We reviewed the case of three of our own patients who had osteomyelitis of the symphysis pubis, as well as those of twenty-five patients described in the literature. The early symptoms of osteomyelitis of the symphysis mimic those of osteitis pubis. Osteomyelitis almost invariably is preceded by urological or gynecological surgery (often when a technical complication has occurred), and does not respond to shortterm antibiotic treatment. Characteristic radiographic findings develop. Osteomyelitis of the symphysis pubis should be treated by debridement and curettage, together with long-term treatment with an appropriately high dose of antibiotics.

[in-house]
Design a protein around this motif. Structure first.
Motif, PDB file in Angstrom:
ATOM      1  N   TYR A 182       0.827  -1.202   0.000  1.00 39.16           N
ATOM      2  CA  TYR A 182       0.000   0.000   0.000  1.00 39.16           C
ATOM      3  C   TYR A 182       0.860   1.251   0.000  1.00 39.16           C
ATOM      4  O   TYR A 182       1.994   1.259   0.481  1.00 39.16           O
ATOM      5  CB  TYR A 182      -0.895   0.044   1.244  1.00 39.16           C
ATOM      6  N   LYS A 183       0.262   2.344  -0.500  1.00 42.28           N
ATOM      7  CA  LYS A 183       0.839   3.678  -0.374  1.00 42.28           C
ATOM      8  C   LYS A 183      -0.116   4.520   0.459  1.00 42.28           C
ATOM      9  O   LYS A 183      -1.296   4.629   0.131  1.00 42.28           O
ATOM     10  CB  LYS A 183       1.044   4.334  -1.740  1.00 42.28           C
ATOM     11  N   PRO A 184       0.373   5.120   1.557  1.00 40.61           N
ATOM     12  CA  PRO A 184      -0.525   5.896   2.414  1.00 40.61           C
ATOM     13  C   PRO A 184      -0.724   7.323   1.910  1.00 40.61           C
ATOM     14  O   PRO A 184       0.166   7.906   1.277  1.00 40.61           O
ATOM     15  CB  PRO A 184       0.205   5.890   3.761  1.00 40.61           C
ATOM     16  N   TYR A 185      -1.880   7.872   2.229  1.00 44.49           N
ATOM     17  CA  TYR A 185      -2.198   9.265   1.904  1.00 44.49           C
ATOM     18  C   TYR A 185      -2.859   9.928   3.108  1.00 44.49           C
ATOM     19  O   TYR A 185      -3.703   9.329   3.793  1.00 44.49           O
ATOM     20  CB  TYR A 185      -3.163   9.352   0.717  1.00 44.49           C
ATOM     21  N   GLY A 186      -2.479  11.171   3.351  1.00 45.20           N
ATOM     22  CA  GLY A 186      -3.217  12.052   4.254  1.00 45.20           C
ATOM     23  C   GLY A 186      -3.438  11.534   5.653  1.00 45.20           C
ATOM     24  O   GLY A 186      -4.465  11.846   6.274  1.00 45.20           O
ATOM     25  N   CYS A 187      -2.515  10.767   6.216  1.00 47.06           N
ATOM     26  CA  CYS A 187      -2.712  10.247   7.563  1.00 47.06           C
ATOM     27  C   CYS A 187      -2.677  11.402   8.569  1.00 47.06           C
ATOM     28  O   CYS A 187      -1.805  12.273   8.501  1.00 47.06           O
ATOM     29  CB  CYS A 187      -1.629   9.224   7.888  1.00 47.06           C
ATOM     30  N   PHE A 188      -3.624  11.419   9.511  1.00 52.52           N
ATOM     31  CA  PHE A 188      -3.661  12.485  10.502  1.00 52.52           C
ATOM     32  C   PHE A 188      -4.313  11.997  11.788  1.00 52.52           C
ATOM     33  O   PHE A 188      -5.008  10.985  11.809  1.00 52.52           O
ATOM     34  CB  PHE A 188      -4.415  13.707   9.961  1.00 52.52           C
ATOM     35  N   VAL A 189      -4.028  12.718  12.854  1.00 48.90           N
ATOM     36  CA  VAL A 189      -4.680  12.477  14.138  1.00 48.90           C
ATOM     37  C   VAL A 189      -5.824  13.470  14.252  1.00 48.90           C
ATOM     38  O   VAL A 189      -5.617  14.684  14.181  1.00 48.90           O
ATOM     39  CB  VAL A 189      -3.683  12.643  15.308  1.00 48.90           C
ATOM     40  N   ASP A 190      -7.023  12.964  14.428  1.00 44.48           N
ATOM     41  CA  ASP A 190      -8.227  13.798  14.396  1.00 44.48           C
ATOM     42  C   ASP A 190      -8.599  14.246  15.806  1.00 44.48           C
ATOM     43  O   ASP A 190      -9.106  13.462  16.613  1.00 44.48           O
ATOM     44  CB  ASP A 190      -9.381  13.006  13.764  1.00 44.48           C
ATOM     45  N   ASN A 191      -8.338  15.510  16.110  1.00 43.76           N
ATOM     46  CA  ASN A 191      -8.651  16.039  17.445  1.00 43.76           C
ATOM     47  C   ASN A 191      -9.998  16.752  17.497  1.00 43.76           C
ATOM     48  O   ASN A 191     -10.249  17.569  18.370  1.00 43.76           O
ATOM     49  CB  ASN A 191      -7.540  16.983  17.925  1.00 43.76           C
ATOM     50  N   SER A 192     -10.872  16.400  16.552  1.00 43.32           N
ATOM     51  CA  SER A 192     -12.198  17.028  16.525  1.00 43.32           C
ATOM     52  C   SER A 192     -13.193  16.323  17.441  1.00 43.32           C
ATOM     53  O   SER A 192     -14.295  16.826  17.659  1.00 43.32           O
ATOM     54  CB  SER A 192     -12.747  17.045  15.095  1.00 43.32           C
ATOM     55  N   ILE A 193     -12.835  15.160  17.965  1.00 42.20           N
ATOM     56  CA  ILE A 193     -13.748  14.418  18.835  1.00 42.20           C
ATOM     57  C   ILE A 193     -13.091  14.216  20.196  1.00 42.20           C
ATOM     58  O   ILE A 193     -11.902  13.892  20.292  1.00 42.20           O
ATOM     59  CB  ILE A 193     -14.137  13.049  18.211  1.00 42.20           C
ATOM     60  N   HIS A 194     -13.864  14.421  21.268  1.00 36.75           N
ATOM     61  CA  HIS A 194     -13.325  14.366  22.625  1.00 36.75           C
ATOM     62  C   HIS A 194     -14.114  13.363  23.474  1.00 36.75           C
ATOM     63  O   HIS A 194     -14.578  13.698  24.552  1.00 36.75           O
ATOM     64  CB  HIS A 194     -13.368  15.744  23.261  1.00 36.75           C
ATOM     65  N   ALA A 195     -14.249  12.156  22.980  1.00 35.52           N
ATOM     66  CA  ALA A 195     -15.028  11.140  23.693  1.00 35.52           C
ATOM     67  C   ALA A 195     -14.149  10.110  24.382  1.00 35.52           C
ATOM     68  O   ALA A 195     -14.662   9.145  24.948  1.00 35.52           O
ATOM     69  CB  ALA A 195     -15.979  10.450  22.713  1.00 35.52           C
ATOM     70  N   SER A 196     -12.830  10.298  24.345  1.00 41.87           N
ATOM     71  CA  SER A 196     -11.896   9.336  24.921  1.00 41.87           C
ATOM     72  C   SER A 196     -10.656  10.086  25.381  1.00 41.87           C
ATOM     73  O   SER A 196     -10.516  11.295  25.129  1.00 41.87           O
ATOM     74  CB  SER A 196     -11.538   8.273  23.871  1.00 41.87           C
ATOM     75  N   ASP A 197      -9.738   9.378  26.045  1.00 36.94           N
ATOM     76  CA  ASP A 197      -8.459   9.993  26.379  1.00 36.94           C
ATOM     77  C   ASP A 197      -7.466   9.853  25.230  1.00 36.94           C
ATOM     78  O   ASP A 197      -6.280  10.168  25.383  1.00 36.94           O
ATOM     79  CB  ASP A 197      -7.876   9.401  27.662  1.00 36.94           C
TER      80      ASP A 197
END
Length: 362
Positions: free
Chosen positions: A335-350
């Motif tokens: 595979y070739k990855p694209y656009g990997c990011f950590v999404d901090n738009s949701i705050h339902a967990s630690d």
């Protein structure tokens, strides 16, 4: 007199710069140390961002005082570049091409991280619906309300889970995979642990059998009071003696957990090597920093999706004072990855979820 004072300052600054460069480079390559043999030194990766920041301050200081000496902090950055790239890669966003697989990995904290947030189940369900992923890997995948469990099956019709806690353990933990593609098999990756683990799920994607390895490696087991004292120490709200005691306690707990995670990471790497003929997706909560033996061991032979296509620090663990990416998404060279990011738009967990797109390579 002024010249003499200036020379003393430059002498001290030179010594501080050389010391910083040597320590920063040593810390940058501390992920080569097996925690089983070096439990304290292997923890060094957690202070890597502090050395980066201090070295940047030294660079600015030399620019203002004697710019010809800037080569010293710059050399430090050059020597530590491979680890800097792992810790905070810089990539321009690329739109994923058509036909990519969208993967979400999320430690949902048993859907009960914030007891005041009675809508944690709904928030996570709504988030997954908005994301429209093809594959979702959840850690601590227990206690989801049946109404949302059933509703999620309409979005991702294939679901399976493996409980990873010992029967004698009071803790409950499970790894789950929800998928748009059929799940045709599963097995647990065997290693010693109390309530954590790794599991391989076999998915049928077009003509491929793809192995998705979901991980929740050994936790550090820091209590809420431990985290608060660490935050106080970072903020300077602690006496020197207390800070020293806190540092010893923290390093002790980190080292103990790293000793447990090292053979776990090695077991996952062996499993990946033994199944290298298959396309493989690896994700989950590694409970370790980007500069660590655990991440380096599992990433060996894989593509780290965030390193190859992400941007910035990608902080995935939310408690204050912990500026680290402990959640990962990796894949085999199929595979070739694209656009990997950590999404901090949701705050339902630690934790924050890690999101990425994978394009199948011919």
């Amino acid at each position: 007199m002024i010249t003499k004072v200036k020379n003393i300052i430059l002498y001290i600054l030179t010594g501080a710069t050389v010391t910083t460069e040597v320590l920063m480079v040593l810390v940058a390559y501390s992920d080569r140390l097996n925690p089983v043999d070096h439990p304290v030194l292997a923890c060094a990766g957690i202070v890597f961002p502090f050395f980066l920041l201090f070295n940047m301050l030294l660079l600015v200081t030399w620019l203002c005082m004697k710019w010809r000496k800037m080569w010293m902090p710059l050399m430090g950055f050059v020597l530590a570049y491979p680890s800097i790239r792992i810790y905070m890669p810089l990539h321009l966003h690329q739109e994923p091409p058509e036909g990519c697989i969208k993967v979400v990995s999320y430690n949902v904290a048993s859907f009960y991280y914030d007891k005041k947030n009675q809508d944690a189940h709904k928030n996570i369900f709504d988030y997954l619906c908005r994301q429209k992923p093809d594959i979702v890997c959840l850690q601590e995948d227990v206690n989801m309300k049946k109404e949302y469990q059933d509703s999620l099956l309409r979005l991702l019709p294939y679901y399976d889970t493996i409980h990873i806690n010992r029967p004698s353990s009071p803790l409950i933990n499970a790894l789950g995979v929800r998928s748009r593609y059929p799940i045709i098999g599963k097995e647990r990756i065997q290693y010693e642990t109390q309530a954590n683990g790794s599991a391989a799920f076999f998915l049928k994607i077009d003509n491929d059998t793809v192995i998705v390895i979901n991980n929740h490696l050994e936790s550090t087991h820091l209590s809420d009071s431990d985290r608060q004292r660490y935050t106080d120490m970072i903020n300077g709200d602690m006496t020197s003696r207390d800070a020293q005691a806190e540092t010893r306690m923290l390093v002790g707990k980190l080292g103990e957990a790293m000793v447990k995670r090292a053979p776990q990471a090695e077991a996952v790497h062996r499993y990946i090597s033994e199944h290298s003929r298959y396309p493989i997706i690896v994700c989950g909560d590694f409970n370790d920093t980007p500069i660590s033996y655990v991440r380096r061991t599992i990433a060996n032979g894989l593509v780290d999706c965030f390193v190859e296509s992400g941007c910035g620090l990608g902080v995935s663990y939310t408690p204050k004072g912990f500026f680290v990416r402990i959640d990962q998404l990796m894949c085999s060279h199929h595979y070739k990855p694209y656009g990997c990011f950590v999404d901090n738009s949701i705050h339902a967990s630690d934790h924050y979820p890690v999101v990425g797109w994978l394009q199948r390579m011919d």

“Athletic pubalgia” is a general term that encompasses a wide range of injuries at the symphysis pubis that share a similar injury mechanism and clinical presentation of exertional pubic and groin pain 5 . Groin pain most commonly develops insidiously, but may present acutely with a clinical history of a sudden tearing sensation. Symptoms are most often unilateral but may be bilateral. The patient typically experiences pain during exercise, complaining of discomfort in the inguinal region over the distal rectus abdominis, in the perineum, or radiating to the testicles. On physical examination, the patient may experience pain with resisted hip adduction or resisted sit-ups 4 . Local tenderness may be elicited at the attachments of the adductor longus or rectus abdominis or over the external inguinal ring, and Valsalva maneuver may cause pain.